151829 Building a policy roadmap for partners to advance organizational practice change and public policy for healthy eating and active living

Monday, November 5, 2007: 10:30 AM

Larry Cohen, MSW , Prevention Institute, Oakland, CA
Leslie Mikkelson, RD, MPH , Prevention Institute, Oakland, CA
Virginia Lee, MPH, CHES , Prevention Institute, Oakland, CA
Jamila Edwards, MPP , Prevention Institute, Oakland, CA
Janani Srikantharajah, BA , Prevention Institute, Oakland, CA
Jesse Appelman, BA , Prevention Institute, Oakland, CA
Chronic disease related to poor eating and inactivity has become an increasingly urgent concern across the country. Environments have evolved in a way that provides less opportunity to be active and fewer choices for healthy eating, especially for disenfranchised communities and communities of color. While there has been some success in positively changing eating and activity environments, organizational practice and policy changes are being implemented in an unsystematic way. The consequence of this is that environmental changes are only beginning to reach an adequate scale to significantly influence behavior patterns and subsequent chronic disease rates . This is an opportune time to nurture seeds of activism and bring together groups working across various sectors and disciplines to advocate for a broad agenda; in effect, building a strong movement for change.

With funding from Robert Wood Johnson Foundation and W.K. Kellogg Foundation, Prevention Institute is conducting a national- and state-level policy scan of “best bets” on behalf of the Healthy Eating-Active Living Convergence Partnership. As part of this initiative, Prevention Instistute has developed a list of organizational practices and public policies that maximize support from diverse constituencies and hold the most promise for building momentum to change norms and improve health outcomes.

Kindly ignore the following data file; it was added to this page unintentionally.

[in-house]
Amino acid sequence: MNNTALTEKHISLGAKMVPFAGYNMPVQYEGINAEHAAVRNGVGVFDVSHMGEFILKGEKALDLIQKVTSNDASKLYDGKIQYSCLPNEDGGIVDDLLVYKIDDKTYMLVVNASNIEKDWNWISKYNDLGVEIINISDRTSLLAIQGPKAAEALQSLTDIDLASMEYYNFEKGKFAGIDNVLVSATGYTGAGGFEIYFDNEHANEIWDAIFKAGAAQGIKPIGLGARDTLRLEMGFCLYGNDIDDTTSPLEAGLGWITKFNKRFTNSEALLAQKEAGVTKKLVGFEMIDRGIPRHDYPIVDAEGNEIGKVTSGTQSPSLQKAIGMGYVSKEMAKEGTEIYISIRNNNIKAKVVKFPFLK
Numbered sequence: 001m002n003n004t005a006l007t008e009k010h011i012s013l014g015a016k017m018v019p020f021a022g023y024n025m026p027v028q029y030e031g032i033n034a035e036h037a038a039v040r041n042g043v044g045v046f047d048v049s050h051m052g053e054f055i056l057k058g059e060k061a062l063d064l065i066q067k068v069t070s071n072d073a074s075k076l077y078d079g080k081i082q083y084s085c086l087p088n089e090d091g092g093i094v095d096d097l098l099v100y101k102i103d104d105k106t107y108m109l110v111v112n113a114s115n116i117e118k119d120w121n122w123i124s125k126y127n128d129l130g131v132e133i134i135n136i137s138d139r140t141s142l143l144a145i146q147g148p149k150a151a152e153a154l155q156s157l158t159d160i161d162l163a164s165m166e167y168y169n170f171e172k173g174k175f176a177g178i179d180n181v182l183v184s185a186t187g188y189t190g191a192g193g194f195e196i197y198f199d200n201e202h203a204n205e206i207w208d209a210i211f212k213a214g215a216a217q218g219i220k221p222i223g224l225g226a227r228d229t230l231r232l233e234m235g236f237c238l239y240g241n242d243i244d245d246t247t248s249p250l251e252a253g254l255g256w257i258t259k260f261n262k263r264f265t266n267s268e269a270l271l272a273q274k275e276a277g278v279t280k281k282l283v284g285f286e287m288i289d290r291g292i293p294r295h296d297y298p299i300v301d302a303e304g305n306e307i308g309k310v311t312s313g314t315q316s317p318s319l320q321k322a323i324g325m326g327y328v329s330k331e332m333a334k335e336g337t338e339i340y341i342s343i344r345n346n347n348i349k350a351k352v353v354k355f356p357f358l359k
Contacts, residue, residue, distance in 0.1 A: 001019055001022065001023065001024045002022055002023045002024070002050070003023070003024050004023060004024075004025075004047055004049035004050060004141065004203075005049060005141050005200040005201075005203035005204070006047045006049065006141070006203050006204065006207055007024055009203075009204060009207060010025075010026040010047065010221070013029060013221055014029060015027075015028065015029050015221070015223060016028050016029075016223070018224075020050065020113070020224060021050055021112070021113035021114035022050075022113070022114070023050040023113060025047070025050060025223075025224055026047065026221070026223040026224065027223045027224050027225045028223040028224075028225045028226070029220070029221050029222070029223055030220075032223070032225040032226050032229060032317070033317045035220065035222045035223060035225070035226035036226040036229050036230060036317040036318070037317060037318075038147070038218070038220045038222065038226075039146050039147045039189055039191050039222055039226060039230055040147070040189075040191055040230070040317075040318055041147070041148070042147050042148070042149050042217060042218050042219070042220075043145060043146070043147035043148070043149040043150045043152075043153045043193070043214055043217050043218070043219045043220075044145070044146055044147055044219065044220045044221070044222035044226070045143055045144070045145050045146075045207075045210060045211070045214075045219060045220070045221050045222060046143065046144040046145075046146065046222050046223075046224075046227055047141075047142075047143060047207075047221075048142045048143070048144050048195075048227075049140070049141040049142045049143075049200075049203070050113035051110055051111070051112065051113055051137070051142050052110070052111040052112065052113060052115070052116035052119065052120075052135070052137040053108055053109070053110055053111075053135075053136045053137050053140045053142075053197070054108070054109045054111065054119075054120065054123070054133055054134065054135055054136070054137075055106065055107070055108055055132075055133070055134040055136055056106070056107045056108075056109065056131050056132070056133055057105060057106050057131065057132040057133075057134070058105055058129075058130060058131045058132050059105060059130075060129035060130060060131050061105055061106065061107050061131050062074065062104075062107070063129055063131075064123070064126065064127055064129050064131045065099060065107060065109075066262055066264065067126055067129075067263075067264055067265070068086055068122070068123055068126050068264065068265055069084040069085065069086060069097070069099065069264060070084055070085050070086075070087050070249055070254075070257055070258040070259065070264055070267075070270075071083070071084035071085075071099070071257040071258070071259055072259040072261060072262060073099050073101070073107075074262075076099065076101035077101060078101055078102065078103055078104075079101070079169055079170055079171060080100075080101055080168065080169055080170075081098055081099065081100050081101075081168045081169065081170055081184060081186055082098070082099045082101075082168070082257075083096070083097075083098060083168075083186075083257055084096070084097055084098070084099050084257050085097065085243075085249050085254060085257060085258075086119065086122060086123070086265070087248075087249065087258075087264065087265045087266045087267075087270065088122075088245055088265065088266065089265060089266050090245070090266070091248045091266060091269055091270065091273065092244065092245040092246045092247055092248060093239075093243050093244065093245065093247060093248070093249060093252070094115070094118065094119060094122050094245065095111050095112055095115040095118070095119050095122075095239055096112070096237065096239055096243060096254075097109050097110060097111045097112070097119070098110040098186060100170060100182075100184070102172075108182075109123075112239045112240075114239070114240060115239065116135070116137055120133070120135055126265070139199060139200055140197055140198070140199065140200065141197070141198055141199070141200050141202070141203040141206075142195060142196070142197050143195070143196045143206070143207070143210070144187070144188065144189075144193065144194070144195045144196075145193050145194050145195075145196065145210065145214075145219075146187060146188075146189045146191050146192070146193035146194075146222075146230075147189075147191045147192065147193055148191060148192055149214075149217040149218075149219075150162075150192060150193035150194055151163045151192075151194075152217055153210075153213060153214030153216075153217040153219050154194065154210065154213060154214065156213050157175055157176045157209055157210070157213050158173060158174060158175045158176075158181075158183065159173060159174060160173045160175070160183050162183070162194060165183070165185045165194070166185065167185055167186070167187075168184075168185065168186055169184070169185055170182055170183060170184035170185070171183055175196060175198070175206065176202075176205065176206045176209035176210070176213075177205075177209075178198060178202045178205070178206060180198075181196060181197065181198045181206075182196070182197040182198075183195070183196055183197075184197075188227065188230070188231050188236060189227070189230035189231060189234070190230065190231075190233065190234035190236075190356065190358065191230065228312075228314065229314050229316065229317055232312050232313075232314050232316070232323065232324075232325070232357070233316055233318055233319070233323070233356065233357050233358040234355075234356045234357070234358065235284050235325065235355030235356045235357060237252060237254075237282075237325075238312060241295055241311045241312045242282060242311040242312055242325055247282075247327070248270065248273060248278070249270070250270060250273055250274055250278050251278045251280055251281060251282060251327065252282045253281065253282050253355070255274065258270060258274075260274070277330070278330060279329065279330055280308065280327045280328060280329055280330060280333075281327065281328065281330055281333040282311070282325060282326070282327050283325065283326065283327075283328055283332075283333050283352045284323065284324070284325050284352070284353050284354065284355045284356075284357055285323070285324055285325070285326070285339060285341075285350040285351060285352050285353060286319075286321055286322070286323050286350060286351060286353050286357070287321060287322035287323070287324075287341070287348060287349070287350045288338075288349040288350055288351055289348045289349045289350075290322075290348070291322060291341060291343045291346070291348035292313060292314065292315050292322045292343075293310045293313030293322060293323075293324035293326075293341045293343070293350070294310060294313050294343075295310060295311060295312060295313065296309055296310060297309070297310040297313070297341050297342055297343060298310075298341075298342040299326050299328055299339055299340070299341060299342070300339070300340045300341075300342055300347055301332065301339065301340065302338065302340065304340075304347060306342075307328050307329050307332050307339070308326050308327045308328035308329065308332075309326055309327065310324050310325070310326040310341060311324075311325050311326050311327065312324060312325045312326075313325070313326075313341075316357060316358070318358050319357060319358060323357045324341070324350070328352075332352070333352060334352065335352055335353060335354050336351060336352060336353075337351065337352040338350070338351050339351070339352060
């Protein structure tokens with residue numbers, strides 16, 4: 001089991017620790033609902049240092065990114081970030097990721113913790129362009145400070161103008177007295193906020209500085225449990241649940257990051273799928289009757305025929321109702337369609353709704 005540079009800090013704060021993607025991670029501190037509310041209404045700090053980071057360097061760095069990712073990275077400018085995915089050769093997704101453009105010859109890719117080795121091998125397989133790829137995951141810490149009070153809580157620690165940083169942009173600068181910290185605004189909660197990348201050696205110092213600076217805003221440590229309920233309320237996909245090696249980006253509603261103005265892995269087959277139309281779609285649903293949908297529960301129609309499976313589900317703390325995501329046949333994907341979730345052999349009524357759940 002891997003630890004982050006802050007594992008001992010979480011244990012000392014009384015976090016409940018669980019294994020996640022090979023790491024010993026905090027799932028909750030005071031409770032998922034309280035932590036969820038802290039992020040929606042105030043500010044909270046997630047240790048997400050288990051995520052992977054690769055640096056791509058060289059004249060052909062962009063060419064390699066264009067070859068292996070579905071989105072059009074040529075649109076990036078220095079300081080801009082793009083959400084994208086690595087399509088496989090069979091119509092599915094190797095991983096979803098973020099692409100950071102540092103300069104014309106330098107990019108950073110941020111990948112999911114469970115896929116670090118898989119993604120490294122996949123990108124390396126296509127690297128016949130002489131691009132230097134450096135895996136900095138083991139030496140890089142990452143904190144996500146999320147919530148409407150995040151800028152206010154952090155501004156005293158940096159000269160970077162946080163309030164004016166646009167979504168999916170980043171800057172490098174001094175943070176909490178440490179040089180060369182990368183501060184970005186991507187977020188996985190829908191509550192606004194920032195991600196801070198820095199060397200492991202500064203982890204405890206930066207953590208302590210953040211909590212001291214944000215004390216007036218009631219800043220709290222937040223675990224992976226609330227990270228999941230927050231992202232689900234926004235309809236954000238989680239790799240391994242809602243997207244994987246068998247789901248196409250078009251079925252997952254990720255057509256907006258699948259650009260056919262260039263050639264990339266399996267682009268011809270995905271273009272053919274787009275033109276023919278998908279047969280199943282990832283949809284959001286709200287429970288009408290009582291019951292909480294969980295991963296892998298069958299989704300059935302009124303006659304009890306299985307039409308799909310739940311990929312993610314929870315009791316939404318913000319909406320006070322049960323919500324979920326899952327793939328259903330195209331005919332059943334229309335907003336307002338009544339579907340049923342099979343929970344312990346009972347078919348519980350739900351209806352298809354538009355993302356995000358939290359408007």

This presentation will highlight Prevention Institute's initial findings of cross-cutting policy and organizational practice levers that foster an environmental approach to improving eating and activity environments, with an emphasis on communities of color. Prevention Institute will also share our learnings on how we engaged and incorporated the interests of multiple disciplines and sectors. Finally, we will provide coalitions and advocacy groups with a sense of what they can do in their own locale and/or state to advocate for environmental change.

Learning Objectives:
At the conclusion of this session, the participant will be able to: 1. Understand the value of an environmental approach to improve eating and activity environments among low income communities and communities of color. 2. Identify 3 promising, cross-cutting organizational practices and policies that have shown promsie in communities of color and open the door to further environmental changes. 3. Describe how organizations, coalitions, and advocacy groups can achieve a policy agenda and build momentum for environmental change through coordinated efforts.

Keywords: Public Health Policy, Chronic Diseases

Presenting author's disclosure statement:

Any relevant financial relationships? No
Any institutionally-contracted trials related to this submission?

I agree to comply with the American Public Health Association Conflict of Interest and Commercial Support Guidelines, and to disclose to the participants any off-label or experimental uses of a commercial product or service discussed in my presentation.